[pcd] Nord-Pas-de-Calais-Picardie region: Amiens, Abbeville, Beauvais, Saint Quentin, Lille, Douai, Cambrai, Arras, Valenciennes, Boulogne sur Mer, Calais (except Dunkerque district); Normandy region: near Dieppe, Picardie border. L1 users: 500,000 (Auger 2011). Total users in all countries: 700,000. Status: 8a (Moribund). Recognized language (2013, No. 595), Education. Alternate Names: Chtimi, Rouchi. Dialects: Ponthieu, Vimeu, Hainaut, Artois, Lillois, Boulonnais, Santerre, Calaisis, Cambresis, Vermandois, Amienois (Amies). All dialects, including those in Belgium, are mutually inherently intelligible. Classification: Indo-European, Italic, Romance, Italo-Western, Western, Gallo-Iberian, Gallo-Romance, Gallo-Rhaetian, Oïl, French. Comments: Christian.

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Portuguese
[por] Scattered. Aquitaine-Limousin-Poitou-Charentes region: Bordeaux; Corsica region; Île-de-France region: Paris; Languedoc-Roussillon-Midi-Pyrénées region: Toulouse; Nord-Pas-de-Calais-Picardie region: Roubaix, near Belgian border. L1 users: 959,000 (2008 census). Status: 5 (Dispersed). Alternate Names: Portugais, Português. Classification: Indo-European, Italic, Romance, Italo-Western, Western, Gallo-Iberian, Ibero-Romance, West Iberian, Portuguese-Galician. Comments: Non-indigenous.

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Romani, Sinte
[rmo] L1 users: 28,400 (2000). Status: 5 (Dispersed). Alternate Names: Romanes, Sinte, Sinti, Tsigane. Dialects: Manouche (Manuche, Manush). Classification: Indo-European, Indo-Iranian, Indo-Aryan, Intermediate Divisions, Western, Romani, Northern. Comments: Non-indigenous. Ethnic group: Sasítka Romá. Christian.

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Shuadit
[sdt] Provence-Alpes-Côte d’Azur region: Avignon area. L1 users: No known L1 speakers. Status: 10 (Extinct). Alternate Names: Judeo-Comtadine, Judeo-Provençal, Shuadi. Classification: Indo-European, Italic, Romance, Italo-Western, Western, Gallo-Iberian, Ibero-Romance, Oc.

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Spanish
[spa] Aquitaine-Limousin-Poitou-Charentes region: Bordeaux; Île-de-France region: Paris; Languedoc-Roussillon-Midi-Pyrénées region: Toulouse; Auvergne-Rhône-Alpes region: Lyon; Provence-Alpes-Côte d’Azur region: Nice and Marseilles. 8,852,000 in France, all users. L1 users: 452,000 (2010). L2 users: 8,400,000 (European Commission 2012). Status: 5 (Dispersed). Alternate Names: Castillan, Espagnol, Español. Classification: Indo-European, Italic, Romance, Italo-Western, Western, Gallo-Iberian, Ibero-Romance, West Iberian, Castilian. Comments: Non-indigenous.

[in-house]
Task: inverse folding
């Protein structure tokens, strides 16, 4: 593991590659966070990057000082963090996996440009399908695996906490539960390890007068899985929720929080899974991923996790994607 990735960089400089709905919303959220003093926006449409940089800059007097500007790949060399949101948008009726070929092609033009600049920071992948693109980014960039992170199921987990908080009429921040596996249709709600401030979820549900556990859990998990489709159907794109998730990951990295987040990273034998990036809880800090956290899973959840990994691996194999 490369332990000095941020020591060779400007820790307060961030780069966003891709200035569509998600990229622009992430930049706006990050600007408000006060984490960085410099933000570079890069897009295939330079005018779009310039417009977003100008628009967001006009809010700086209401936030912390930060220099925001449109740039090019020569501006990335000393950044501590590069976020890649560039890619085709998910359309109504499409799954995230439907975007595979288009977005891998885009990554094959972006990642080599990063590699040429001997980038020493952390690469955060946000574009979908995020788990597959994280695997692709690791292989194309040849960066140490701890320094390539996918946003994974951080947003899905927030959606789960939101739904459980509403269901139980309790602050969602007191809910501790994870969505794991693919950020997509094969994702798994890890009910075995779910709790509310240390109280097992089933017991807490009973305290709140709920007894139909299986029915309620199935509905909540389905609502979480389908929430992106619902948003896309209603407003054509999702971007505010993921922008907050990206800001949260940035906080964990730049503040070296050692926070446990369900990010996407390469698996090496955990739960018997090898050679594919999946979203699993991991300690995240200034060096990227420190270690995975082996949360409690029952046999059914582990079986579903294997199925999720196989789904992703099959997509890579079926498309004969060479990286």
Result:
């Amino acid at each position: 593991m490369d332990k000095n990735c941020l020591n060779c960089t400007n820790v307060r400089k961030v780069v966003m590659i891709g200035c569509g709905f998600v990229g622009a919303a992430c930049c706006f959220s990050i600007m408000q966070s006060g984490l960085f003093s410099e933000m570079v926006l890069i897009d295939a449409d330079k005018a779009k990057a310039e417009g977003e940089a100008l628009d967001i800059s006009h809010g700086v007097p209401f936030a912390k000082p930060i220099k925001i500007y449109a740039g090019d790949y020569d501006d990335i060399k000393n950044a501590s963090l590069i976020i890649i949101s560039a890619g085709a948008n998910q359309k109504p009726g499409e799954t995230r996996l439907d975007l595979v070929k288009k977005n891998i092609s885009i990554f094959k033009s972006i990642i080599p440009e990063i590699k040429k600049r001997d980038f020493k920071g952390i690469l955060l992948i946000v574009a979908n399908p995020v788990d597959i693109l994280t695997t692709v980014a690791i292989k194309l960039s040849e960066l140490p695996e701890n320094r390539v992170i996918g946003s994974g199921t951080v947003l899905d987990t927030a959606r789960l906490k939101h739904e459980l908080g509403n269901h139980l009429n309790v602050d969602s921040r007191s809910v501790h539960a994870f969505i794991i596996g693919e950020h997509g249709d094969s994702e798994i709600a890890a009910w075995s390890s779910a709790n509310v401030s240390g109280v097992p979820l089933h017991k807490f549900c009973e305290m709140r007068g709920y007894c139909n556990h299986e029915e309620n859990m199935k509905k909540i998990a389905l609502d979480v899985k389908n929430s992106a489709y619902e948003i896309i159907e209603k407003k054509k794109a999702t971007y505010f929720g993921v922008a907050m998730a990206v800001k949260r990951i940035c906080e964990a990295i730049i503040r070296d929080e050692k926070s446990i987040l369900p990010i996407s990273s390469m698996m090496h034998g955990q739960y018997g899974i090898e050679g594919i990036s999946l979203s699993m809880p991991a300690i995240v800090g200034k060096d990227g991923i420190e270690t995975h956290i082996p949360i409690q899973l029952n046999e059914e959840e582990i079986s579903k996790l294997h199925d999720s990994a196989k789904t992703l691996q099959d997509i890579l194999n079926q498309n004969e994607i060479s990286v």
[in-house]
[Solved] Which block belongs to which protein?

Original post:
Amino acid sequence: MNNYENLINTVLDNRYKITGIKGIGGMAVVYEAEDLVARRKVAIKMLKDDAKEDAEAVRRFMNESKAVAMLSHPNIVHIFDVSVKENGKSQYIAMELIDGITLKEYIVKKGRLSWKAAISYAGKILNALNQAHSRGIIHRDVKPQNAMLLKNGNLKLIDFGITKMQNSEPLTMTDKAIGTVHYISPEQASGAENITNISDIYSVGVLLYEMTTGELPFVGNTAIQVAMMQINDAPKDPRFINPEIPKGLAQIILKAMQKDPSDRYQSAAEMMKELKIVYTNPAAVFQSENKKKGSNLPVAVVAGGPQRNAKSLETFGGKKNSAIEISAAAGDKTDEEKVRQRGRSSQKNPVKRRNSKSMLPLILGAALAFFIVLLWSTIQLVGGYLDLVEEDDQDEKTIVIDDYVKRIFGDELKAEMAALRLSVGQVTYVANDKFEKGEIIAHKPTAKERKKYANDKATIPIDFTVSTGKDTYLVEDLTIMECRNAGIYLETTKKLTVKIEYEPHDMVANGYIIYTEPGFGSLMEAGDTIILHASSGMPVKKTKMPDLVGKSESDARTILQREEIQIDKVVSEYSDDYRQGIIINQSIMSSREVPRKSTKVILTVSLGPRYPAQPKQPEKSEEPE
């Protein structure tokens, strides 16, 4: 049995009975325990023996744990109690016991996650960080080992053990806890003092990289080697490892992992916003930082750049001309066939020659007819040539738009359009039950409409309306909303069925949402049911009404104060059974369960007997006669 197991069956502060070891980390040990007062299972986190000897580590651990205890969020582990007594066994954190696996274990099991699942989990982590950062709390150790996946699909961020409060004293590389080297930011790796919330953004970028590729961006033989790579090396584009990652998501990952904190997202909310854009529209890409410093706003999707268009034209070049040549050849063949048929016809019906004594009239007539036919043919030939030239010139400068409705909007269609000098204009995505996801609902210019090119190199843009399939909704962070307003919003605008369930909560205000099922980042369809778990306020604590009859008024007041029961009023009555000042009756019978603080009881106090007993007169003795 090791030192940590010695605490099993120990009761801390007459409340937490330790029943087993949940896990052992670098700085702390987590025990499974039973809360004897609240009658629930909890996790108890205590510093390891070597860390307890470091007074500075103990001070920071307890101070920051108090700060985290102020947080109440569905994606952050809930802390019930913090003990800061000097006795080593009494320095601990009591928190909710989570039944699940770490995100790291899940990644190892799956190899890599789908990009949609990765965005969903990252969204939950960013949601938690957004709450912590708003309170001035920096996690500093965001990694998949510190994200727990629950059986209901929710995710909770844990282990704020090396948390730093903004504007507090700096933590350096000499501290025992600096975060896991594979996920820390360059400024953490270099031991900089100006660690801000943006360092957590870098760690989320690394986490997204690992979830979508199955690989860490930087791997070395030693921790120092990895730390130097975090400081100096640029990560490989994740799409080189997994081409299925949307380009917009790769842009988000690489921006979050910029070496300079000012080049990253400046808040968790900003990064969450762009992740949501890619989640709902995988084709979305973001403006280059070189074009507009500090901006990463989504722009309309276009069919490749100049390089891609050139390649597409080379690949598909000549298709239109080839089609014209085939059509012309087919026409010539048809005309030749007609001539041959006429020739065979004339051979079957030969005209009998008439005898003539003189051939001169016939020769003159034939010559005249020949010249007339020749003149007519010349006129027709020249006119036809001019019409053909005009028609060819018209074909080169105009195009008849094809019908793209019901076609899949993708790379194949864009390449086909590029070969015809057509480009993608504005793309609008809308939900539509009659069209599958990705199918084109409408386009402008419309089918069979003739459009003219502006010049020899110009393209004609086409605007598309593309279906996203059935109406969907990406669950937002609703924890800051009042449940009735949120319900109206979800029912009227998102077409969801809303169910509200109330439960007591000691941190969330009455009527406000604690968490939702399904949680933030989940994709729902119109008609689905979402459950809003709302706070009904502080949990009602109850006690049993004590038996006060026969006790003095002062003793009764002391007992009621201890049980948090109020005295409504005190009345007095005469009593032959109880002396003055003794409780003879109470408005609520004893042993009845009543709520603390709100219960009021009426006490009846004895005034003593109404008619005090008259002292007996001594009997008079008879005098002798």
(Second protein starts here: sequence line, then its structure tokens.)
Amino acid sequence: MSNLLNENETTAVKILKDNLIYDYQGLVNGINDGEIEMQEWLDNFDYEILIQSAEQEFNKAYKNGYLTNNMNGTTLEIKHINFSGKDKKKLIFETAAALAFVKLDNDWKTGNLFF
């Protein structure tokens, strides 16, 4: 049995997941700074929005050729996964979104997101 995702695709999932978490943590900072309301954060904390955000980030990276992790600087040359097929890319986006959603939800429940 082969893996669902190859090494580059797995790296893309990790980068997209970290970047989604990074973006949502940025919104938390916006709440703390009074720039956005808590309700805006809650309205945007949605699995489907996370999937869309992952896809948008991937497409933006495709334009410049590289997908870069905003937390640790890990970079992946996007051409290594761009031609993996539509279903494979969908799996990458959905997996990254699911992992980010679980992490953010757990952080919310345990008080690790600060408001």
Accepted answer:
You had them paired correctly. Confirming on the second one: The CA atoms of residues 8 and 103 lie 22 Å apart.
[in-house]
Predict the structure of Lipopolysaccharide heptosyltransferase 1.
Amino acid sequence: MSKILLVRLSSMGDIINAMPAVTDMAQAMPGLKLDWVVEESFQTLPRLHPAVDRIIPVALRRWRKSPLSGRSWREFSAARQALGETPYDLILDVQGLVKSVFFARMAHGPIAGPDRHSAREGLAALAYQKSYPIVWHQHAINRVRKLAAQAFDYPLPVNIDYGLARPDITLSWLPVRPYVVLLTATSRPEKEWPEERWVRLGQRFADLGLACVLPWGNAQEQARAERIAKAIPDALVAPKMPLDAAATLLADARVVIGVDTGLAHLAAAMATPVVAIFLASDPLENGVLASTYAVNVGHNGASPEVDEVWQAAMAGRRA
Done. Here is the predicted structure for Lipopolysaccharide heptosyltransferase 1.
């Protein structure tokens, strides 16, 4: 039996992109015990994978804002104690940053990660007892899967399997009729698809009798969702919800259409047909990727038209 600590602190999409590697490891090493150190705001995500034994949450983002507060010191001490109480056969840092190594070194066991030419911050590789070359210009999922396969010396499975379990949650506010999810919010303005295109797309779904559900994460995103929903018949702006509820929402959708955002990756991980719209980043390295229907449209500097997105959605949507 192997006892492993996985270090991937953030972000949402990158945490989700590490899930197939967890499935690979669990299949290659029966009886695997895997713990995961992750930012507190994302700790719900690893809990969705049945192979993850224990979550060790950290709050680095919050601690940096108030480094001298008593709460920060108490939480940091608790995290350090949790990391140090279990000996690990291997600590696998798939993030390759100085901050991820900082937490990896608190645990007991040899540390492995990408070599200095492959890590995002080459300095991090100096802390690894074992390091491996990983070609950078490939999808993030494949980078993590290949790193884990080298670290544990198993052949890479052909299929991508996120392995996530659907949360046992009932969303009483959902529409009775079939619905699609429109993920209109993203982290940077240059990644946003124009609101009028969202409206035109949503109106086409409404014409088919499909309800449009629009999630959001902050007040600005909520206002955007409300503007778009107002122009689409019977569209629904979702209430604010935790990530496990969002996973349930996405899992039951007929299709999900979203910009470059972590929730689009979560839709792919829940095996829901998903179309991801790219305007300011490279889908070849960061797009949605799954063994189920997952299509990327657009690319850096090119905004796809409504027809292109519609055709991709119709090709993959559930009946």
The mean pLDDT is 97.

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Vlaams
[vls] Nord-Pas-de-Calais-Picardy region: Dunkerque area and southeast to Belgium border. L1 users: 30,000 (2013). Status: 7 (Shifting). Recognized language (2013, No. 595), Education. Alternate Names: Flamand, Frans Vlaams, Vlaemsch, Vlamingen. Classification: Indo-European, Germanic, West, Low Saxon-Low Franconian, Low Franconian. Comments: Dutch [nld] sometimes referred to as Vlaams. Different orthographies used in the 3 countries. Christian.

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Zarphatic
[zrp] Alsace-Champagne-Ardenne-Lorraine region: Moselle and Rhineland. L1 users: No known L1 speakers. Status: 10 (Extinct). Alternate Names: Judeo-French. Classification: Indo-European, Italic, Romance, Italo-Western, Western, Gallo-Iberian, Gallo-Romance, Gallo-Rhaetian, Oïl, French.